In a Right to Information (RTI) reply, the Central bank has said that an “Islamic window” can be opened in conventional banks for gradual introduction of Shariah-compliant, interest free banking in the country.
“It has been suggested by the RBI that a few products similar to conventional banking products may be considered for introducing through the Islamic window of conventional banks after necessary notification by the Government,” the RBI said in a reply to Bangalore-based Pradeep’s petition. “The Ministry of Finance, during 2013, had requested the RBI to give its considered opinion regarding the feasibility of introducing Islamic banking in India after examining all the legal, technical and regulatory issues relating to the matter. Subsequently an Inter-Departmental Group (IDG) on Islamic Banking was constituted in RBI and the report prepared by the Group has been submitted to the government during February 2016,” the reply said.It further said that the RBI has also forwarded a Technical Analysis Report based on the recommendation of the Group to the government during December 2015. The RBI’s suggestion is based on the recommendations of the IDG.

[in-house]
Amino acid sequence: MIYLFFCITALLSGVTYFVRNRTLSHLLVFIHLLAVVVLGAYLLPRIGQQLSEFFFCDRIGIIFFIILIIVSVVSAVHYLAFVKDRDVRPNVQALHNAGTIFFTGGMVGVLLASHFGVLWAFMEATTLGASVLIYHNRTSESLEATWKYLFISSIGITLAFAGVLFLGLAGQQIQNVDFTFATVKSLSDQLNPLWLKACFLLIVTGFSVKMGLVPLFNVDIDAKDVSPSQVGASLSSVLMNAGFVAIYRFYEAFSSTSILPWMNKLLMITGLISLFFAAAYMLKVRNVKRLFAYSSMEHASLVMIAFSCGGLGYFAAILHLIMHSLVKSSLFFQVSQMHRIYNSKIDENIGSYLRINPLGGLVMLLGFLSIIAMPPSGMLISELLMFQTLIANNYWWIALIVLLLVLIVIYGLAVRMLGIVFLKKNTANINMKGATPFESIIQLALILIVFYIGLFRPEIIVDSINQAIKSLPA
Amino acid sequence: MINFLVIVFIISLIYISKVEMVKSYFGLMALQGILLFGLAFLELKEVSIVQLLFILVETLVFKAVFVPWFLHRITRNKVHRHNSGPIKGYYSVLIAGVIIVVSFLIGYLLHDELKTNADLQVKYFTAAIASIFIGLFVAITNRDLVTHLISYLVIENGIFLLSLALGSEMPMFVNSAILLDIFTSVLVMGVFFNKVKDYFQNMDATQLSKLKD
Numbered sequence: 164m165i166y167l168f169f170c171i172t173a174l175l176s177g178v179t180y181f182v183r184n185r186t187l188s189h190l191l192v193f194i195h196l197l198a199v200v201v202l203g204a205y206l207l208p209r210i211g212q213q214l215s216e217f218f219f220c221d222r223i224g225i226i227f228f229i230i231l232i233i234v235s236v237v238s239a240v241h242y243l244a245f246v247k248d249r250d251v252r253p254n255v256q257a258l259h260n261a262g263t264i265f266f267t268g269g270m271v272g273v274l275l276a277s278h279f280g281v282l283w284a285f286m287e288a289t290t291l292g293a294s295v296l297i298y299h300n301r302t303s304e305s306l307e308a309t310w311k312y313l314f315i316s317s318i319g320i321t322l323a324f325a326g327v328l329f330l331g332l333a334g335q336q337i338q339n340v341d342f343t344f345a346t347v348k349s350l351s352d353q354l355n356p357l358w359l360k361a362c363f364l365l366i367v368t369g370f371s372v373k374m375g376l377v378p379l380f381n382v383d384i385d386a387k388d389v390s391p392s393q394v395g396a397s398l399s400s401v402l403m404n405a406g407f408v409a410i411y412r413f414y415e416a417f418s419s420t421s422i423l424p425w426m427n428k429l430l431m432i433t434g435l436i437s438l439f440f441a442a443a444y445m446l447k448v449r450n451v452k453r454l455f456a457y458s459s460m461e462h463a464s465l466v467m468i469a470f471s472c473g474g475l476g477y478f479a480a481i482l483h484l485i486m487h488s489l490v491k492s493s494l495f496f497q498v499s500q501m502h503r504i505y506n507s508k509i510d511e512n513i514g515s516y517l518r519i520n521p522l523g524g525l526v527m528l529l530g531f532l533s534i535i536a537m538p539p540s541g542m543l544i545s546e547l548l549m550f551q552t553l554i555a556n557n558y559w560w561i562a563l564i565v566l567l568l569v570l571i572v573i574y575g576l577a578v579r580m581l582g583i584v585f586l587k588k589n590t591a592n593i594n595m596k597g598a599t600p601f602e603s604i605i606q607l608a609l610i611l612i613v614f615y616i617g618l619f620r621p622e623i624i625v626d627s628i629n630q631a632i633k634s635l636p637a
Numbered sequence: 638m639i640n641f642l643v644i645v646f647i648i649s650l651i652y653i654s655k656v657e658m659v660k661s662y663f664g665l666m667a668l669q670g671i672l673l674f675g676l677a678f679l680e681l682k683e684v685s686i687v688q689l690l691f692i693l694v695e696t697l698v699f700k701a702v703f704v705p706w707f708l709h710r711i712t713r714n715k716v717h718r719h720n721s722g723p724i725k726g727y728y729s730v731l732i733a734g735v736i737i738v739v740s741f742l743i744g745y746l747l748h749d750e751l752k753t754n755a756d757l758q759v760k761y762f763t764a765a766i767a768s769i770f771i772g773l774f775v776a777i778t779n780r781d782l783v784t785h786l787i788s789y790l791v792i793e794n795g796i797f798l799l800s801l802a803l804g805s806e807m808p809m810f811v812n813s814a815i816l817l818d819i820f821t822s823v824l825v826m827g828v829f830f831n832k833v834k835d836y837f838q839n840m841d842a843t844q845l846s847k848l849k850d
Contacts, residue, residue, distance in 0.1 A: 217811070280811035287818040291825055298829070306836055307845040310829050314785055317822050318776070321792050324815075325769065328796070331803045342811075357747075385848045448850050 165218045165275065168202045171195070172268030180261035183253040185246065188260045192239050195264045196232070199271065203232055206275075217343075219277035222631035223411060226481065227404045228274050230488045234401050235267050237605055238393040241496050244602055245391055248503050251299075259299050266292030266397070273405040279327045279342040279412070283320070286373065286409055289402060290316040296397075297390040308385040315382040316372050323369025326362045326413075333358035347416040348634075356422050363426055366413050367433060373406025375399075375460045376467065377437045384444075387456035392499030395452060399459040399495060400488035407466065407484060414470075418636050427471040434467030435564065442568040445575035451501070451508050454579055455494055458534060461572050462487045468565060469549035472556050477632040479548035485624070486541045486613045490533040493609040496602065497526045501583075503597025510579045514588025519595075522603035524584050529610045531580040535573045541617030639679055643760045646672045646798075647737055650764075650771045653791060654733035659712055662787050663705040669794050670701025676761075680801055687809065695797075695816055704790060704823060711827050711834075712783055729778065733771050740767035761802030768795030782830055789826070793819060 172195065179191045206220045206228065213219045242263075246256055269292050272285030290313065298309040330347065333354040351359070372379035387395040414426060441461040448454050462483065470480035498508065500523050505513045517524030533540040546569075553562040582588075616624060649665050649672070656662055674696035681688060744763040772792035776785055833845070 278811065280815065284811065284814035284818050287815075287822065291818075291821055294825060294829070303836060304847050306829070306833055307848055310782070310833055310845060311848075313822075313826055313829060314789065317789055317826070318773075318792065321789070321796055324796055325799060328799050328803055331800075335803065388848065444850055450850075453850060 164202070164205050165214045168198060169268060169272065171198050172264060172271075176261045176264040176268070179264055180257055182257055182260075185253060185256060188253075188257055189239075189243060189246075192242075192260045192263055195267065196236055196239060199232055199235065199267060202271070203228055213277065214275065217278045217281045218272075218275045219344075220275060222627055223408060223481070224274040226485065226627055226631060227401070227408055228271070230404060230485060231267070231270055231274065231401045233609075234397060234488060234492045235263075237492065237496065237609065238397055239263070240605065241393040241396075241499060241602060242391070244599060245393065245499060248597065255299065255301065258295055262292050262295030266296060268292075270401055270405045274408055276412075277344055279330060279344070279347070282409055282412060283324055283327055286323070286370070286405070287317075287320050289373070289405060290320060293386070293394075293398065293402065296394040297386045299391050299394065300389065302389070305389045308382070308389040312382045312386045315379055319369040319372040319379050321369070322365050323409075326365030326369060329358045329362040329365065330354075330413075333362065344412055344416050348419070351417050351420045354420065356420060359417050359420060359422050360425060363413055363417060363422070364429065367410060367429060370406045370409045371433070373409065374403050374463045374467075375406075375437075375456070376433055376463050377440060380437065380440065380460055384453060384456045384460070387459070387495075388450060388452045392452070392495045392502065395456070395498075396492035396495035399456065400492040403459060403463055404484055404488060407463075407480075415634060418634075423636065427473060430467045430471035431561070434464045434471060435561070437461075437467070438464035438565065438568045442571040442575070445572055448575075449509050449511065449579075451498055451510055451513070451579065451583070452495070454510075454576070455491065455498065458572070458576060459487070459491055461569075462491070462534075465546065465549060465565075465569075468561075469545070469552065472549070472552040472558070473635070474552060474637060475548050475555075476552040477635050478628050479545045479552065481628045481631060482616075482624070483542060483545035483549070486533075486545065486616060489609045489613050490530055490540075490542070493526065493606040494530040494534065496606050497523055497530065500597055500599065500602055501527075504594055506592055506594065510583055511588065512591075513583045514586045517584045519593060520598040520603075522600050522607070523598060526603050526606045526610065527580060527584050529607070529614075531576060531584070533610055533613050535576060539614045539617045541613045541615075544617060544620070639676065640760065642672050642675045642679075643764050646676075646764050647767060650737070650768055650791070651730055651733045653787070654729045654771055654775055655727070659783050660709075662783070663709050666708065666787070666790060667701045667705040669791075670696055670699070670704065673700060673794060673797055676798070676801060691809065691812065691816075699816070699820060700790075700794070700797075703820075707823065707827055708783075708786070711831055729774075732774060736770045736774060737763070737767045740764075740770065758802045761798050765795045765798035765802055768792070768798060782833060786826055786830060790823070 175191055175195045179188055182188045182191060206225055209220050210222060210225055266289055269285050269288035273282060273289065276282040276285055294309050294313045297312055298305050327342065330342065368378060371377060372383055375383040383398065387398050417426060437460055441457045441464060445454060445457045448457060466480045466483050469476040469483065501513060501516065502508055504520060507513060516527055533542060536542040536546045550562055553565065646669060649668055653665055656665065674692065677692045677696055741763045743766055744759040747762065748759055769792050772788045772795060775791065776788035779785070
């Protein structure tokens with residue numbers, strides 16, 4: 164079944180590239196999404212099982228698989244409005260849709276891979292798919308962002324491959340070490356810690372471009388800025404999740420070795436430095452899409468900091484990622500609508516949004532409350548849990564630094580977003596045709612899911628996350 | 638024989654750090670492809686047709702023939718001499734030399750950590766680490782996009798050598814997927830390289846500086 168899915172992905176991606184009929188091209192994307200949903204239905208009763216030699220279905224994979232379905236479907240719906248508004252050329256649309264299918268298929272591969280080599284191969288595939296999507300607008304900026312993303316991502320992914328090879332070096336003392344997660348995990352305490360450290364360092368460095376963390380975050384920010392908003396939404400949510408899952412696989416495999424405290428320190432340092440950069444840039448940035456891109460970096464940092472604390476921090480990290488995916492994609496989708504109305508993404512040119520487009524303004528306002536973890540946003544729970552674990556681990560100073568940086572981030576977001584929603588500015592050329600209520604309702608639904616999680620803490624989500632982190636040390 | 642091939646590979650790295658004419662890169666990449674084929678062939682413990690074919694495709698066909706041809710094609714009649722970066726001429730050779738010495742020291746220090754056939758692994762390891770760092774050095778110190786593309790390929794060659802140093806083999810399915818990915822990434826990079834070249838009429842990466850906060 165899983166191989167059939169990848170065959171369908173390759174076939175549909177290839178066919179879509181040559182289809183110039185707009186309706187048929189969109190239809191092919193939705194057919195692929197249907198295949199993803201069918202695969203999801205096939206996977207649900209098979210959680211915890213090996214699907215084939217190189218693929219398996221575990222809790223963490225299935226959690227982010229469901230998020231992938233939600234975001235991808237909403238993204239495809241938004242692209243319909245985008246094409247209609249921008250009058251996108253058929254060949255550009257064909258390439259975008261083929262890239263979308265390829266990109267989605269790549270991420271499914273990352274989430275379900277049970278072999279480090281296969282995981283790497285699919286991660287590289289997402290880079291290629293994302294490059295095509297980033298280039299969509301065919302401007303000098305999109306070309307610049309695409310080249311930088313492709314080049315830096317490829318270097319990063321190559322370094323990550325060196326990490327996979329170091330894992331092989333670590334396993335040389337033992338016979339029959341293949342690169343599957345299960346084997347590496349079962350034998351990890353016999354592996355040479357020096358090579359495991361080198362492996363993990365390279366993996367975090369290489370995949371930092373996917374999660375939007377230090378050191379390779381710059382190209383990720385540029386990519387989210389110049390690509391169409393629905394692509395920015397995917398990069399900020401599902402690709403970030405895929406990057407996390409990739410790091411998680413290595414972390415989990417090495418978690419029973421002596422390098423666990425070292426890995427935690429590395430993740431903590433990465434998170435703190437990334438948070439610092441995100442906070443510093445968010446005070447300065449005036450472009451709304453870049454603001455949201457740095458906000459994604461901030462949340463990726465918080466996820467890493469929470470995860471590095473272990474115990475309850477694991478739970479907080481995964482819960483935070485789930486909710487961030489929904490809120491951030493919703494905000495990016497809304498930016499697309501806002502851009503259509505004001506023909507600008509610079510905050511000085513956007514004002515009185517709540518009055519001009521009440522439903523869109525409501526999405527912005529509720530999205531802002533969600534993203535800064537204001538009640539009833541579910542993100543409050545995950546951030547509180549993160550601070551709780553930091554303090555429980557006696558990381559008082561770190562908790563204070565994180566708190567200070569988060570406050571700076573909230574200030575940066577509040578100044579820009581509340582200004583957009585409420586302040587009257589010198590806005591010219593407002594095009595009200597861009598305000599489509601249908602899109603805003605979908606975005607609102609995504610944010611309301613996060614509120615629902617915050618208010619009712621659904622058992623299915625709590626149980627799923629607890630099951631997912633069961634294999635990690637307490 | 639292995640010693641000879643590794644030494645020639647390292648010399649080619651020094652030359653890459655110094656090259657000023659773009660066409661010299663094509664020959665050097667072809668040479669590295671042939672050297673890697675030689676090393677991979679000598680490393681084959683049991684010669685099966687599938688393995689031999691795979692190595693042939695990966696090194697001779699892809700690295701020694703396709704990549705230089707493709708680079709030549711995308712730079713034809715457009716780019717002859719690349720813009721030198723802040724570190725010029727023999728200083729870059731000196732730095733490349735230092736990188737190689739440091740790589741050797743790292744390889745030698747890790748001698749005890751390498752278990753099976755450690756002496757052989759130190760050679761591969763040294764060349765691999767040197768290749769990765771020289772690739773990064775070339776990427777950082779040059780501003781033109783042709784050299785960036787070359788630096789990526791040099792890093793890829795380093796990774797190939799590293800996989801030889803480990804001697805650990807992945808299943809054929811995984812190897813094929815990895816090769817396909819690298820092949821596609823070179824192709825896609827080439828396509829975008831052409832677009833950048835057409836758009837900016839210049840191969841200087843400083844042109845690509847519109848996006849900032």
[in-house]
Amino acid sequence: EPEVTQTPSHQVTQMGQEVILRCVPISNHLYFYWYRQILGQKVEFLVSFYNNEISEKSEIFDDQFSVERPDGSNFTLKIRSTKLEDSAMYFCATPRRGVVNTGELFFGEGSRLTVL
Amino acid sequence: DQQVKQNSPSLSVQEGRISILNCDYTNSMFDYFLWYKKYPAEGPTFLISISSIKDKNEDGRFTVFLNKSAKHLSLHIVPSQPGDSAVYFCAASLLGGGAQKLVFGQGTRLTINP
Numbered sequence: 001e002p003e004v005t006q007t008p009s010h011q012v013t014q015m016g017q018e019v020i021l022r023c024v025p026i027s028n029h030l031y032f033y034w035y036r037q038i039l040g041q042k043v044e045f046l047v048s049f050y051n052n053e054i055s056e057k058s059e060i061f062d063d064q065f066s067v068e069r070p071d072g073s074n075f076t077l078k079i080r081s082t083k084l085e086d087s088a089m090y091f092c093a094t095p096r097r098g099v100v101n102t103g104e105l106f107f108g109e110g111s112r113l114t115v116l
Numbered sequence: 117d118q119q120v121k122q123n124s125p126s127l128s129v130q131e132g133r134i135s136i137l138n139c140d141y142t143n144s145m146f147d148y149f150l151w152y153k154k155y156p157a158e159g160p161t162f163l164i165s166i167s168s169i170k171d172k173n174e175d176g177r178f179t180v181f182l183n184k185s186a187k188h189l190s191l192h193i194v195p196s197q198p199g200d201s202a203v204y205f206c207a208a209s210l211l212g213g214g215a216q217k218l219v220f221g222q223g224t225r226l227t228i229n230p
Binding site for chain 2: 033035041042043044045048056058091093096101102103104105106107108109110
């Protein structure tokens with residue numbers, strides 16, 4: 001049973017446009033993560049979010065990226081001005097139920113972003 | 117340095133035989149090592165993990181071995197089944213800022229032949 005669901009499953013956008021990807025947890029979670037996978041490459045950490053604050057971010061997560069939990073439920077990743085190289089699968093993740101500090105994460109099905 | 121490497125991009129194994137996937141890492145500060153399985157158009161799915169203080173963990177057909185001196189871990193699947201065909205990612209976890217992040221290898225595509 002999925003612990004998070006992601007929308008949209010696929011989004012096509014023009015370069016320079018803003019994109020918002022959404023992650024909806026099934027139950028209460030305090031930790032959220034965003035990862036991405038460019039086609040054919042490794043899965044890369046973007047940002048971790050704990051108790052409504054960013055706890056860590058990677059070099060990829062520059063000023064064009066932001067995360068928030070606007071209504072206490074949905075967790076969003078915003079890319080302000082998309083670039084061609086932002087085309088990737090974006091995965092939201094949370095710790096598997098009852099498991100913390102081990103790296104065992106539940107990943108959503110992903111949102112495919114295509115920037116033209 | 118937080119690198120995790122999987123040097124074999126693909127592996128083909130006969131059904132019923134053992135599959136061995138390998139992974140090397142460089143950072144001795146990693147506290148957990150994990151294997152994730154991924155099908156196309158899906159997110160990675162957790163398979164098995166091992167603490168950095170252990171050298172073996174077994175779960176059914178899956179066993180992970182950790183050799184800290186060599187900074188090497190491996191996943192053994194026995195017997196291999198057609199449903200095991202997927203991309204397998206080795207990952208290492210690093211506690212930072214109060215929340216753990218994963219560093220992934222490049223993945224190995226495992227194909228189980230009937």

Though the stand of the government is not known, senior BJP leader Subramanian Swamy opposed the proposal. Asked to comment on the RBI’s proposal of opening an Islamic window, he told The Sunday Guardian: “They can for all of RBI existence. The RBI Act bars the RBI. If they bring an amendment in Parliament, then it will be anti-national and betrayal of Hindutva. We will defeat that.” Interestingly, it was Swamy’s letter about two years ago which led to the suspension of the launch of State Bank of India (SBI) Shariah Mutual Fund, which was designed to invest in Shariah (Islamic law) compliant companies, at the eleventh hour. Swamy had written a letter to Prime Minister Narendra Modi, saying that the decision would be “politically and economically disastrous for our country”. There have been proposals to change the name of Islamic banking so that it does not create any kind of confusion among the majority community. “It can be termed as India Mutual Fund or Saajhedari. Nomenclature should not become a hindrance to introduction of Islamic banking, which has got immense potential. The Public Investment Fund of Saudi Arabia, for example, is ready to invest $2 trillion in different projects all over the world,” said H. Abdur Raqeeb, convenor of the National Committee on Islamic Banking. In yet another RTI reply to a news agency, the RBI said that “given the complexities of Islamic finance and various regulatory and supervisory challenges involved in the matter and also due to the fact that Indian banks have no experience in this field, Islamic banking may be introduced in India in a gradual manner”. “Introduction of full-fledged Islamic banking with profit-loss sharing complex products may be considered at a later stage on the basis of experience gained in course of time,” the RBI told the Finance Ministry.